NCAA mum on date to reopen fire-damaged Hall of Champions

Almost a full year after a fire in a single exhibit closed the NCAA Hall of Champions, the wait for the college sports
museum’s reopening is becoming as prolonged and agonizing as sitting through a college football game
during a freezing November rain.

The NCAA is apparently in no hurry to relieve the suspense. Requests for an update on the repair
and reopening schedule drew little more than a terse "no comment" from
Gail Dent, the hall’s director of public and media relations. "We plan to reopen the hall by the end of the year,"
she stated via e-mail. "We have no additional details to share at this time."

The sports body’s Web page offers a bit more
information, stating that, "The Hall of Champions will re-open in stages. … The renovation will
include a multipurpose facility with refreshed content designed to engage and inspire visitors."

The canal-side structure in
White River State Park went about its "engage and inspire" business without incident until last November, when it
was put out of action by a seemingly innocuous fire. It was caused by an electrical short in the "One
Shining Moment" kiosk, which showed CBS-assembled musical montages chronicling various NCAA Final
Four basketball tournaments. However, the fire also set off the building’s second-floor sprinkler system,
damaging other exhibits and leaving behind ankle-deep puddles of water.

The adjacent NCAA headquarters, briefly evacuated when smoke got into the ventilation system,
reopened almost immediately. The museum was shuttered, and remains so today.

Bob Whitt, White River State Park’s executive director,
advises patience.

"When
the fire occurred, at that time the plan was, ‘Let’s just get it fixed and open,’" he said. "And then they–wisely,
I think–decided to make the changes that, long term, will be a very positive thing for that institution and for the park."

The NCAA is "going to make lemonade out
of lemons," Whitt said. "They brought in a consultant and are doing a lot to improve the exhibits,
to make them more interactive."

The museum’s closure hasn’t had much impact on White River State Park, he said. The sprawling downtown green space saw 3.1
million visitors in 2007, and is on track to post similar numbers in 2008–all without the Hall of Champions.

"We certainly see it as one of our anchor
attractions," Whitt said. "But in terms of impact on the overall number of visitors, it’s probably
fairly minimal."

Before it closed, the museum’s adult admission was $3. Whitt declined to break out its attendance, but it likely was substantially
below what NCAA officials were shooting for when they opened the museum in 2000.

Back then, officials estimated the hall would draw perhaps 250,000 visitors annually. Those guests
would peruse its roughly 25,000 square feet of exhibit space and drop perhaps $750,000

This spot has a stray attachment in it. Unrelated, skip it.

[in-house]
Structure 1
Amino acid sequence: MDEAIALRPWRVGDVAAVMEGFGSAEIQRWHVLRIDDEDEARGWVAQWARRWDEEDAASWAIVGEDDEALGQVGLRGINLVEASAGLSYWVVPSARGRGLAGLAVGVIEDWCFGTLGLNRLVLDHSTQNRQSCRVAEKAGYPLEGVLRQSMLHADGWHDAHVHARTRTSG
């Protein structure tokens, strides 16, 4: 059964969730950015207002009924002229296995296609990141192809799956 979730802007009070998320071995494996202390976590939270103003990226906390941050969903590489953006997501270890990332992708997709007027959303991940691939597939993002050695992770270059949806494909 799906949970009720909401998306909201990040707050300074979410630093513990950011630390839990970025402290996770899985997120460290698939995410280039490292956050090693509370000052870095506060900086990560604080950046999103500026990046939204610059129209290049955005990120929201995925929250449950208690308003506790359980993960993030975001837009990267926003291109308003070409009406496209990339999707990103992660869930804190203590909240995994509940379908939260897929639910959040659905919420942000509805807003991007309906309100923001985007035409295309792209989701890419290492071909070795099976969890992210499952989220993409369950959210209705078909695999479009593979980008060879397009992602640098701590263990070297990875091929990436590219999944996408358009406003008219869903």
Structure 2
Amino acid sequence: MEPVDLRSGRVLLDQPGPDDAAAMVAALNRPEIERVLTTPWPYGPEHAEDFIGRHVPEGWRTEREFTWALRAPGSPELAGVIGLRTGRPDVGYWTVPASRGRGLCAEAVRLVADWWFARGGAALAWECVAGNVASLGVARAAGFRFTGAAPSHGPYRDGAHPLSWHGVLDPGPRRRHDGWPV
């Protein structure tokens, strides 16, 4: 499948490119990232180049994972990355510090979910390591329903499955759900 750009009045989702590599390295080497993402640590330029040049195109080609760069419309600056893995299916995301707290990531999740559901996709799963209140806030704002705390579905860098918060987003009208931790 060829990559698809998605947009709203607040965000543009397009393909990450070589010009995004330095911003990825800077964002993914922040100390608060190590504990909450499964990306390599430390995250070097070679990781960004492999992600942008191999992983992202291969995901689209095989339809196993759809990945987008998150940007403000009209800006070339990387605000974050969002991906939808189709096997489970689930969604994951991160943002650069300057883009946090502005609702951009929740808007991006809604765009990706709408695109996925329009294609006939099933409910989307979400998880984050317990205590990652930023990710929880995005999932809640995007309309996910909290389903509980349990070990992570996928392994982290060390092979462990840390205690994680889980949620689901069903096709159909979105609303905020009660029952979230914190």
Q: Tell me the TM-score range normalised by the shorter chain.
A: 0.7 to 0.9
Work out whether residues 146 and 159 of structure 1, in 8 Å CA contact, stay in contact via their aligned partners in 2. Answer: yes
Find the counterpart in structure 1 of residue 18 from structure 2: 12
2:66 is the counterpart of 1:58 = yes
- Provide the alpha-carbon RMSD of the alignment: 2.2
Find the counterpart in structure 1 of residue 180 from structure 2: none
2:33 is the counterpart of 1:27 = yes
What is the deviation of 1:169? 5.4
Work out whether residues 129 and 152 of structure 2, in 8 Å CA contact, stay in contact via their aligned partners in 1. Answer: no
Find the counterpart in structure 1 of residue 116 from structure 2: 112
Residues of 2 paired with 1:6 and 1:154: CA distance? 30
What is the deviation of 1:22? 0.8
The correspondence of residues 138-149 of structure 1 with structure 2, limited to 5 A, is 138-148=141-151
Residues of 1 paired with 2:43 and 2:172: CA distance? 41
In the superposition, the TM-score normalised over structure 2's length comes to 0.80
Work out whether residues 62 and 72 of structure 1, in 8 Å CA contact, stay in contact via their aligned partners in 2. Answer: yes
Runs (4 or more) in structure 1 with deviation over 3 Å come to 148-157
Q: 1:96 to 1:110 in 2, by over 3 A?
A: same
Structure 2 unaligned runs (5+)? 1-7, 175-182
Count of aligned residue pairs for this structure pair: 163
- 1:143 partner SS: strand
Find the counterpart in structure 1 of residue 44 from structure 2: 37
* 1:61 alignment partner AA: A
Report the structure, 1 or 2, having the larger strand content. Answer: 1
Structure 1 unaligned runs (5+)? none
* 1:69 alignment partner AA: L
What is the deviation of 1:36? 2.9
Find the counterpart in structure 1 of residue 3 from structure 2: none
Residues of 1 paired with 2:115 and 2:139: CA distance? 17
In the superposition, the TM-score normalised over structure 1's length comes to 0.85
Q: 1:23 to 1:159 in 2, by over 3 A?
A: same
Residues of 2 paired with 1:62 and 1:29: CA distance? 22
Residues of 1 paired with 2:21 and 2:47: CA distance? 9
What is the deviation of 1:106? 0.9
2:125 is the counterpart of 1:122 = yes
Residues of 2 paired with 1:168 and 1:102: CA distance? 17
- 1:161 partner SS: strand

on tickets and purchases at its 3,000 square feet of retail space.

Exhibits in the pre-fire days included a wraparound video screen, a 1920s-era basketball gym (one
of the most popular spots), and salutes of some sort to all of the 23 sports and 88 national championships
the NCAA oversees.

The
$10 million, Michael Graves-designed structure was a vast improvement over the much smaller museum at the sports governing
body’s former headquarters in suburban Kansas City, which pulled in an anemic 65,000 visitors annually.

The problem is that, compared to its much larger
neighbors, such as the Eiteljorg Museum of American Indians and Western Art and the Indiana State Museum,
the Hall of Champions is a comparative pipsqueak. It’s not, as professionals would say, an "all-day"
destination.

"I guess
it just depends on the nature of who the museum attendee is," said Amanda Cecil, assistant professor at IUPUI’s Department
of Tourism, Convention and Event Management. "For those coming into the city looking for options, it’s one of the options.
Would you spend all day there? Probably not. But you could spend a couple of hours there. Especially
if you’re a sports enthusiast."

Of course, it doesn’t hurt that the hall is within walking distance of everything from the IUPUI Natatorium to Lucas Oil Stadium
to Victory Field. In fact, Cecil doesn’t object to the idea of marketing the museum as a good place to kill a couple of pre-game
hours.

But while she thinks
the idea of masses of people coming downtown just to see the Hall of Champions is problematic, she believes
that when it comes to hosting corporate and other events, the hall remains prime real estate.

"This is a wonderful venue for events of 100 or 200 people," she said. "Especially
since it has a catering partner and meeting space attached. It’s a great package for a planner when they’re
looking for a special events site."

Apparently the NCAA agrees, having devoted 10,000 square feet of the first floor of its national headquarters to a conference
center, which was largely unaffected by the fire. A revamp of the hall itself could only add to its cache.

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